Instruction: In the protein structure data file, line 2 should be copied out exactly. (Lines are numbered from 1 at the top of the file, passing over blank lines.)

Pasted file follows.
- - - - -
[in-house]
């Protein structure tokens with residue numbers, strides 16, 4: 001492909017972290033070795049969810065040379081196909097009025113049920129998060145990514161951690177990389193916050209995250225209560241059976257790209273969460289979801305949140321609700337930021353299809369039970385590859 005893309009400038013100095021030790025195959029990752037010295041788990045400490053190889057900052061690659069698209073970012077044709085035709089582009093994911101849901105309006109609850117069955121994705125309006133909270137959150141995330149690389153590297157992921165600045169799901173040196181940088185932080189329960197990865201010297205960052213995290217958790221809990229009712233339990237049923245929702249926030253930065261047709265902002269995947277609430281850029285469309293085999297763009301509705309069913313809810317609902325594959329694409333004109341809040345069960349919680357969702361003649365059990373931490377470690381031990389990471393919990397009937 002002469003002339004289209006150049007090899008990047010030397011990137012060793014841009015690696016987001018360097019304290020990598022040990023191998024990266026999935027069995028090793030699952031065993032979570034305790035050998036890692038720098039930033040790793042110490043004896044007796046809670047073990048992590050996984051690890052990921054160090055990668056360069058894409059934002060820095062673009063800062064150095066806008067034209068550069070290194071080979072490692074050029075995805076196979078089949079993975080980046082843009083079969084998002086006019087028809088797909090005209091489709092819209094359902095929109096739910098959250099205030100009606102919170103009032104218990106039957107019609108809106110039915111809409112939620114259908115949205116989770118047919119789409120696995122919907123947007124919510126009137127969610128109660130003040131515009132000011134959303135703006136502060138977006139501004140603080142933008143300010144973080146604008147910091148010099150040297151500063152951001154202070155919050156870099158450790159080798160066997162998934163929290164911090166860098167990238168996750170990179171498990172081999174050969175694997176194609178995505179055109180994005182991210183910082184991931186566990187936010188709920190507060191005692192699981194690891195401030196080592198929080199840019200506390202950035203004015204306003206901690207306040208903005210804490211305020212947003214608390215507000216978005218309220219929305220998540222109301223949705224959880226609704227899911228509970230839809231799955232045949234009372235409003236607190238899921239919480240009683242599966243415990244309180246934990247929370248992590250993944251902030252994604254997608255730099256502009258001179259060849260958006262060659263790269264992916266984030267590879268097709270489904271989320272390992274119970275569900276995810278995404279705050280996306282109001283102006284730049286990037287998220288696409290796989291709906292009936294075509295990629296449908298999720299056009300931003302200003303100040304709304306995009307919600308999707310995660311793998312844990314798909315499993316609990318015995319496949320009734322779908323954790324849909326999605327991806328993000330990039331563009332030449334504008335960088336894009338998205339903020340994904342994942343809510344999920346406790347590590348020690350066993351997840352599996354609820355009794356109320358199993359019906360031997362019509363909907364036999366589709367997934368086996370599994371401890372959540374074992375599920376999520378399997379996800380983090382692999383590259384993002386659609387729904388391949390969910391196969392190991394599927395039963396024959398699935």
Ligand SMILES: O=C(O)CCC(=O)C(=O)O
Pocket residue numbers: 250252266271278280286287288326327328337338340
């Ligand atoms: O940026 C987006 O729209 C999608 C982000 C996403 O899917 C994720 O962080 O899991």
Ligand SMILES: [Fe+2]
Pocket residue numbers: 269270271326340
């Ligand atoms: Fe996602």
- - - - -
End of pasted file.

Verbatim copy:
């Protein structure tokens with residue numbers, strides 16, 4: 001492909017972290033070795049969810065040379081196909097009025113049920129998060145990514161951690177990389193916050209995250225209560241059976257790209273969460289979801305949140321609700337930021353299809369039970385590859 005893309009400038013100095021030790025195959029990752037010295041788990045400490053190889057900052061690659069698209073970012077044709085035709089582009093994911101849901105309006109609850117069955121994705125309006133909270137959150141995330149690389153590297157992921165600045169799901173040196181940088185932080189329960197990865201010297205960052213995290217958790221809990229009712233339990237049923245929702249926030253930065261047709265902002269995947277609430281850029285469309293085999297763009301509705309069913313809810317609902325594959329694409333004109341809040345069960349919680357969702361003649365059990373931490377470690381031990389990471393919990397009937 002002469003002339004289209006150049007090899008990047010030397011990137012060793014841009015690696016987001018360097019304290020990598022040990023191998024990266026999935027069995028090793030699952031065993032979570034305790035050998036890692038720098039930033040790793042110490043004896044007796046809670047073990048992590050996984051690890052990921054160090055990668056360069058894409059934002060820095062673009063800062064150095066806008067034209068550069070290194071080979072490692074050029075995805076196979078089949079993975080980046082843009083079969084998002086006019087028809088797909090005209091489709092819209094359902095929109096739910098959250099205030100009606102919170103009032104218990106039957107019609108809106110039915111809409112939620114259908115949205116989770118047919119789409120696995122919907123947007124919510126009137127969610128109660130003040131515009132000011134959303135703006136502060138977006139501004140603080142933008143300010144973080146604008147910091148010099150040297151500063152951001154202070155919050156870099158450790159080798160066997162998934163929290164911090166860098167990238168996750170990179171498990172081999174050969175694997176194609178995505179055109180994005182991210183910082184991931186566990187936010188709920190507060191005692192699981194690891195401030196080592198929080199840019200506390202950035203004015204306003206901690207306040208903005210804490211305020212947003214608390215507000216978005218309220219929305220998540222109301223949705224959880226609704227899911228509970230839809231799955232045949234009372235409003236607190238899921239919480240009683242599966243415990244309180246934990247929370248992590250993944251902030252994604254997608255730099256502009258001179259060849260958006262060659263790269264992916266984030267590879268097709270489904271989320272390992274119970275569900276995810278995404279705050280996306282109001283102006284730049286990037287998220288696409290796989291709906292009936294075509295990629296449908298999720299056009300931003302200003303100040304709304306995009307919600308999707310995660311793998312844990314798909315499993316609990318015995319496949320009734322779908323954790324849909326999605327991806328993000330990039331563009332030449334504008335960088336894009338998205339903020340994904342994942343809510344999920346406790347590590348020690350066993351997840352599996354609820355009794356109320358199993359019906360031997362019509363909907364036999366589709367997934368086996370599994371401890372959540374074992375599920376999520378399997379996800380983090382692999383590259384993002386659609387729904388391949390969910391196969392190991394599927395039963396024959398699935």